One hand cinched

               around my throat,

                              my son reaches

               his pointer finger

through my trachea,

               morning breath

                              sucked clean.

               I cough & cough—

how much of me

               he takes, how hard

                              his squeeze & puncture?

               Not strong

enough to open

               a gallon of milk,

                              but enough hard

               to hurt. Unacceptable, I say

and he asks about pain,

               already certain of it

                              & old enough

               to mean it as much

as rain means

               to flood.

                              His touch

               unasked for

gift. Consent

               a thing I teach & teach

                              but cannot show.

               Torrential rain another name

for us both trying

               to come up for air.

                              He brushes

               my neck with fingertips,

You can’t touch

               anyone this way, I say,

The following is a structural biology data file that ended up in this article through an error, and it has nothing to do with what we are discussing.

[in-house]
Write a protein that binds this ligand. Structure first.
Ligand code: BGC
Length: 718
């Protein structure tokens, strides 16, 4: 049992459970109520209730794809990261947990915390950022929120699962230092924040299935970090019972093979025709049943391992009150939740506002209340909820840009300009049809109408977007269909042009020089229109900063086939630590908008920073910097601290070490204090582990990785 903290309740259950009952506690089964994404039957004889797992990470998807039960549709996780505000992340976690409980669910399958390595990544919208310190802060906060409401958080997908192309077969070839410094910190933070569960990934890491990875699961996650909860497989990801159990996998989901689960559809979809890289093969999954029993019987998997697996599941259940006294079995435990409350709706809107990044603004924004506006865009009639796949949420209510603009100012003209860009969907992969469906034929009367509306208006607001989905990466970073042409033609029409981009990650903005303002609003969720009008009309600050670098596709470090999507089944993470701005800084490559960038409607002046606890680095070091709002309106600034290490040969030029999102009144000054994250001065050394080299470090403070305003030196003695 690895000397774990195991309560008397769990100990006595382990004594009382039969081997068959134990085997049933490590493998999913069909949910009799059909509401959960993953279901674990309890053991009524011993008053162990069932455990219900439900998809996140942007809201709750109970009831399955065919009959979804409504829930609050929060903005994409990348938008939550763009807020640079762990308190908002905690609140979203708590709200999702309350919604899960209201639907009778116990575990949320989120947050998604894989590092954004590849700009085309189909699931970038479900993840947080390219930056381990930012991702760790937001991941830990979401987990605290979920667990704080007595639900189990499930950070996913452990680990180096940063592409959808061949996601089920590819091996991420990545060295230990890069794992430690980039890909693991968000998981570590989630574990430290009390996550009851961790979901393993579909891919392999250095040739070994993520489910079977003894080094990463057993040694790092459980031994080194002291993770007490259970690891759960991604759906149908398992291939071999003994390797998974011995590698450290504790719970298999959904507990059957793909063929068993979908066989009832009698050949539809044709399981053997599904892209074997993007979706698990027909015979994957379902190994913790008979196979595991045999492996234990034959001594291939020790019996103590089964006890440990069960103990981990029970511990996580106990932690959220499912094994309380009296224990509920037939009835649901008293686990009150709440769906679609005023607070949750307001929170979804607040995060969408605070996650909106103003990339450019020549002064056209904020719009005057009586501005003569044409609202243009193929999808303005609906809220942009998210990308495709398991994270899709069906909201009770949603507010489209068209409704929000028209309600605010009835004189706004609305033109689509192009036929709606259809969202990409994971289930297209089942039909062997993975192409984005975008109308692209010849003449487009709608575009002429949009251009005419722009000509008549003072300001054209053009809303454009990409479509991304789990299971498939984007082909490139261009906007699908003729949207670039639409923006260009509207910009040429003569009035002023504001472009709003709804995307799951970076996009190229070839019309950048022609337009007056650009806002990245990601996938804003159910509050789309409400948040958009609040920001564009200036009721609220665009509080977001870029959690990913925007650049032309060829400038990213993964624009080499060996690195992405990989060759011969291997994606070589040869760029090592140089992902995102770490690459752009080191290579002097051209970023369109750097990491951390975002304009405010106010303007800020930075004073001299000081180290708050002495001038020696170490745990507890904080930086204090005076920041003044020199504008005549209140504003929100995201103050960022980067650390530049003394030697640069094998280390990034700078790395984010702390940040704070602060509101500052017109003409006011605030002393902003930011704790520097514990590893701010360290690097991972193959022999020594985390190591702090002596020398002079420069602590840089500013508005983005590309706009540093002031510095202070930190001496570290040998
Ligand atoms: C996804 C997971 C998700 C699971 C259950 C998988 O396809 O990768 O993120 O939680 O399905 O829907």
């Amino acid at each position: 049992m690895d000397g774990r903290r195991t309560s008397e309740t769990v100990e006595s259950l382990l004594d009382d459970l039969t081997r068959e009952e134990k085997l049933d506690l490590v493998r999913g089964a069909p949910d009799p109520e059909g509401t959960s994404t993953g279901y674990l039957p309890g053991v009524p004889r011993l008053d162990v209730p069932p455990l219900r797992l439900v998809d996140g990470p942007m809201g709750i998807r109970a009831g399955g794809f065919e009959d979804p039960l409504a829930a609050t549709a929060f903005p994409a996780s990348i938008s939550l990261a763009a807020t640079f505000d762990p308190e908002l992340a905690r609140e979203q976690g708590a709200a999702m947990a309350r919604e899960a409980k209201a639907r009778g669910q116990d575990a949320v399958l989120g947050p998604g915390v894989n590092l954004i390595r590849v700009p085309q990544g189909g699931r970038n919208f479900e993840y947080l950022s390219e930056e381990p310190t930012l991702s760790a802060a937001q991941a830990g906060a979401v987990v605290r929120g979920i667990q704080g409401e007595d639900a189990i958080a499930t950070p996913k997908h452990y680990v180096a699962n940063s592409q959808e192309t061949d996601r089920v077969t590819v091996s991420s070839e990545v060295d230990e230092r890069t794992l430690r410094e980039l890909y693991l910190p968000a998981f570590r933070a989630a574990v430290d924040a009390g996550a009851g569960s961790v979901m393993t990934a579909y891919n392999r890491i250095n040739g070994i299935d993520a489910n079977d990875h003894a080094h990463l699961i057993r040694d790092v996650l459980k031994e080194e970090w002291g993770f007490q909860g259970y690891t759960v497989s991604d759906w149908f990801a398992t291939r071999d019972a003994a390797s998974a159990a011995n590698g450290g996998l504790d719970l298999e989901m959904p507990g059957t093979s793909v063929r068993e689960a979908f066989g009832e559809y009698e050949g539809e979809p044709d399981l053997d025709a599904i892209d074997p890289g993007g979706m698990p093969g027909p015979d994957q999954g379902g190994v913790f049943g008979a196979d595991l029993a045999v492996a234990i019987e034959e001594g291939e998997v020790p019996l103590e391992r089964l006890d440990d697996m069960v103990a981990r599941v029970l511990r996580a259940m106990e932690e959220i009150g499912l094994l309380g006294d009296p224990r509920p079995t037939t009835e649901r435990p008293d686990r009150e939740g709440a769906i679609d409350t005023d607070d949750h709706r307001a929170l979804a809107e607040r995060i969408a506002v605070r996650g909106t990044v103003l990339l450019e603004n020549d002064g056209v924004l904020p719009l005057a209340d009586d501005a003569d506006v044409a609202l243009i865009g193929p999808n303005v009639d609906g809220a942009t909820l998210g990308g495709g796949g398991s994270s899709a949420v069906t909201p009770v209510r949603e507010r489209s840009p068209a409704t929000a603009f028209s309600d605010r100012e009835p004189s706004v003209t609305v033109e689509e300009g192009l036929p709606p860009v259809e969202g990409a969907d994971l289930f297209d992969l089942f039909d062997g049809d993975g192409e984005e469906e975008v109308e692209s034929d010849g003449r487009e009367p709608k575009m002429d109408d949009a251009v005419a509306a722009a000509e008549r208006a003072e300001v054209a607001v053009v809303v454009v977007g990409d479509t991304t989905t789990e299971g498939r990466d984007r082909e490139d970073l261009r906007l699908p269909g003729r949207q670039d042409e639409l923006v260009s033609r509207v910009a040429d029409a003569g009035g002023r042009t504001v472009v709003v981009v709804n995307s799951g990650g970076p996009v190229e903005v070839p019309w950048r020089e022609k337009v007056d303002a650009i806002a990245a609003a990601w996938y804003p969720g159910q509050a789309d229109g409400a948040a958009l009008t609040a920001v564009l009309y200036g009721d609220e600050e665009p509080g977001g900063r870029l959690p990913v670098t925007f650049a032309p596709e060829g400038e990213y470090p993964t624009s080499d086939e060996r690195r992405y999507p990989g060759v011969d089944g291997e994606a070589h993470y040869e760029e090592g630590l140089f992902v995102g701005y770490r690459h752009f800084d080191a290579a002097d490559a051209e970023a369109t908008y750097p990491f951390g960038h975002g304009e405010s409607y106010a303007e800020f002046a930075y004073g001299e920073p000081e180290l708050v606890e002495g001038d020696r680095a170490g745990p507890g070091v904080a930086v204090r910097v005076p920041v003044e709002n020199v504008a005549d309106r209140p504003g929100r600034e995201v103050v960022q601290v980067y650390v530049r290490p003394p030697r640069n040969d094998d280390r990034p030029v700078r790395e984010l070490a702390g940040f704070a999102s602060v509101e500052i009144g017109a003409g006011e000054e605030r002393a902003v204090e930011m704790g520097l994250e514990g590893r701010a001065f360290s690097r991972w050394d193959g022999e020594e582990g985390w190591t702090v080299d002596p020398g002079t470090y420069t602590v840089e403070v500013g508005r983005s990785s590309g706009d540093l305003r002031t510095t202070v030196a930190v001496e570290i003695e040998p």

& he keeps stroking,

               gentle, insistent, letting

fingers fall like water

               into the dip where skin

                              is thinnest, where

               he can feel

air fill & lift the body.

               Hours later, I still

                              don’t know

               how to reclaim

this air as mine.

               We have a tea party

                              of black & herbal, double

               bergamot & lemon

ginger, acid & dried

               flowers tear

                              my throat. My neck

               the gill of every fish

who’s known

               a hook. Each swallow,

                              a tinge, a barb

               a child’s bone lodged

inside my windpipe.

               Hurricane, I call him,

                              feist & furry, but

               love, you have

always been

               uncontainable wind.

Julia Kolchinsky Dasbach, PhD, emigrated from Ukraine as a Jewish refugee when she was six. She is author of three poetry collections: 40 Weeks (YesYes Books, 2023), Don’t Touch the Bones (Lost Horse Press, 2020), and The Many Names for Mother (Kent State University Press, 2019). Her poems and essays appear in Poetry, Ploughshares, and Brevity, among others. Julia is Assistant Professor of English and Creative Writing at Denison University.